We sit down and I ask the kid if he’s interested in superheroes (hey, we’re at Emerald City Comic Con!). He gives a reserved nod so I whip out the quickstart seeds I made and ask him which one grabs him. He picks:
“The greatest superhero on Earth is gone and lesser heroes struggle to fill the void.”
Everyone else agrees that sounds great. I read the questions to the group to customize our history. What’s the hero’s name? Everyone pauses and ponders. “He’s called the White Knight,” the kid says. Nods around the table.
What’s his superpower, I ask? His Dad chimes in and says maybe he can heal people. Dad isn’t technically playing but it sounds like an interesting idea. We’re mulling this over when his son throws out a clockwork sword so we decide, why not both? He could be a peerless inventor/scientist who makes devices far beyond anyone else’s technology and he’s also found cures to numerous diseases, etc. Can other people maintain or replicate his inventions? We decide no, it’s all too advanced. Hmm, suddenly the disappearance of the White Knight seems like serious business.
We make our bookends (“White Knight vanishes mysteriously and villains rise up” all the way to “Heroes find and free White Knight”) and do the palette. We’re doing the first pass when Dad chimes in again and suggests a period where diseases are on the rise, because hey, the super-doctor is gone. Not so fast! I point out that clearly he is playing and he should stop trying to get out of it. He can no longer deny being intrigued. So now there’s five of us and Dad’s plague period goes on the table.
Caroline introduces an event, “the Death of White Squire” and puts it in the plague period Dad made. The White Squire, she explains, is the White Knight’s side-kick who tried to fill his shoes. There’s a funeral with other heroes in attendance.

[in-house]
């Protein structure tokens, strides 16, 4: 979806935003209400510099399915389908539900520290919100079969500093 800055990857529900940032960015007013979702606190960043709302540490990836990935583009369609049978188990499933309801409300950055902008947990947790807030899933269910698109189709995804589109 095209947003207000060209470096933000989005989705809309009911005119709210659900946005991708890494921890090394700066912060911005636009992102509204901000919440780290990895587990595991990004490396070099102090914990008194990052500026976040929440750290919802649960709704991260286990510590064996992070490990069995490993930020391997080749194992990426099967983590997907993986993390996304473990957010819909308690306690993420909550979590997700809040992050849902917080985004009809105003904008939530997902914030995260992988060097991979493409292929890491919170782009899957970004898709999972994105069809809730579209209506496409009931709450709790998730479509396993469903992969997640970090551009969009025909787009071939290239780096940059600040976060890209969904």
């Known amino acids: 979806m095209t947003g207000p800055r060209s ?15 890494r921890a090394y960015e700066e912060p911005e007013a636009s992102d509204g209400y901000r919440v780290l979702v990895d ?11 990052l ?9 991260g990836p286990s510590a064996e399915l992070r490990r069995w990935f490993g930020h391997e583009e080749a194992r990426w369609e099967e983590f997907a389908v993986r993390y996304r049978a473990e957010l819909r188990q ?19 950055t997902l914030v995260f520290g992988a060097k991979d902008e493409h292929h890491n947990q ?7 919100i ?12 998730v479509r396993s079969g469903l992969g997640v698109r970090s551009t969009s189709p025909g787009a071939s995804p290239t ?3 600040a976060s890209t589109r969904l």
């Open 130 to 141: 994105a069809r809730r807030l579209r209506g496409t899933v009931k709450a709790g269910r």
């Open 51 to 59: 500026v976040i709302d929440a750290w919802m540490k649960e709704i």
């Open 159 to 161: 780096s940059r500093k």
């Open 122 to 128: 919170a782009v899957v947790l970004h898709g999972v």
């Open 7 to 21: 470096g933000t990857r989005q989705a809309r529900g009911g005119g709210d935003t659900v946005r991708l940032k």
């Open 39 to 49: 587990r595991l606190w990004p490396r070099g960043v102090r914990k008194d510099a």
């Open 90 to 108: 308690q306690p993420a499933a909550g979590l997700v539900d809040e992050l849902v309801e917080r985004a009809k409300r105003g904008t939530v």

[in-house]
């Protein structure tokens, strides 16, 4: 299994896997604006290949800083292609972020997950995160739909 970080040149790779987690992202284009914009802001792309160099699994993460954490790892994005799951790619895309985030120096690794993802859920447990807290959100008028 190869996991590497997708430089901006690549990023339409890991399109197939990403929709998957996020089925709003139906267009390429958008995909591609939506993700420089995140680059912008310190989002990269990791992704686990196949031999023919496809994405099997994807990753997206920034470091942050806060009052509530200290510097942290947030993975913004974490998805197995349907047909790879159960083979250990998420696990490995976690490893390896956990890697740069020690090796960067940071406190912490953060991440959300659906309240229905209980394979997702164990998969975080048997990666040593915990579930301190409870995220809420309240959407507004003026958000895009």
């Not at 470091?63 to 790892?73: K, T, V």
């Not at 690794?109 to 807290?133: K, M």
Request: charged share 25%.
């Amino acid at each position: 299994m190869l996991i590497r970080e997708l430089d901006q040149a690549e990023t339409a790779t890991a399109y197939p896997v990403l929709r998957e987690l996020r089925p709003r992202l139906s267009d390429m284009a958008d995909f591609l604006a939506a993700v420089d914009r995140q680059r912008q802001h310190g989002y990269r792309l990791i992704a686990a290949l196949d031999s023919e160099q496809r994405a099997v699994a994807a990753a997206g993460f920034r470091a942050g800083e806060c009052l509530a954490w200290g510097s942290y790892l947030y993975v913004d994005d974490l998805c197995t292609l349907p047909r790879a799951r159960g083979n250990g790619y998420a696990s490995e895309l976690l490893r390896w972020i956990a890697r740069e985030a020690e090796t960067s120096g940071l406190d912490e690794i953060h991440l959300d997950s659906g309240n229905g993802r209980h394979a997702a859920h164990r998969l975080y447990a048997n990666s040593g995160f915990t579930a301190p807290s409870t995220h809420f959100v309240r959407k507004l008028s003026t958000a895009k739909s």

We add a couple more things and then we’re ready to start normal play.
Who wants to make the first focus? Ian steps up and picks the White Squire, running with what Caroline just made. Excellent. He makes an event where the White Squire brings the heroes together and tries to get them to unite behind him now that the White Knight is gone but totally fails. He follows up with a scene in that event asking why the heroes rejected him.
We role-play and it does not go well for the White Squire. He gets slammed by the other heroes who tell him there’s more to being a hero than vanity. It’s his “you’re no White Knight” moment and it’s pretty harsh because it’s clear the Squire only has good intentions and doesn’t want to let his missing mentor down.
Nicely played all around. The kid is next after Ian and he decides to make a dictated scene. Keep in mind, this is right out of the gate. We’ve barely started playing. He puts the scene in Caroline’s “Death of the White Squire” event (which is itself within his Dad’s plague period) and without hesitation says the question is “how did the White Squire die?”
And then this 10 year-old kid who has never played a role-playing game before completely floors me: “The villains capture him and secretly infect him with a disease they created, then they release him and he goes around infecting people without realizing it before he dies. That’s how the plagues start.”
To my chagrin I actually exclaimed “holy crap” right then and there. Right in front of his Dad. I know: language. But I was so utterly taken aback by the pathos-bomb this kid dropped. White Squire, failed protege of the great healer White Knight, goes down as an unwitting disease vector, an ironic pawn of the villains. “Holy crap” remains the only appropriate reaction. That is some nefarious villain shit right there.
And yeah, the rest of the game was basically fantastic. His Dad had to drag him away from the table to go see the rest of the con. Kids do in fact rule.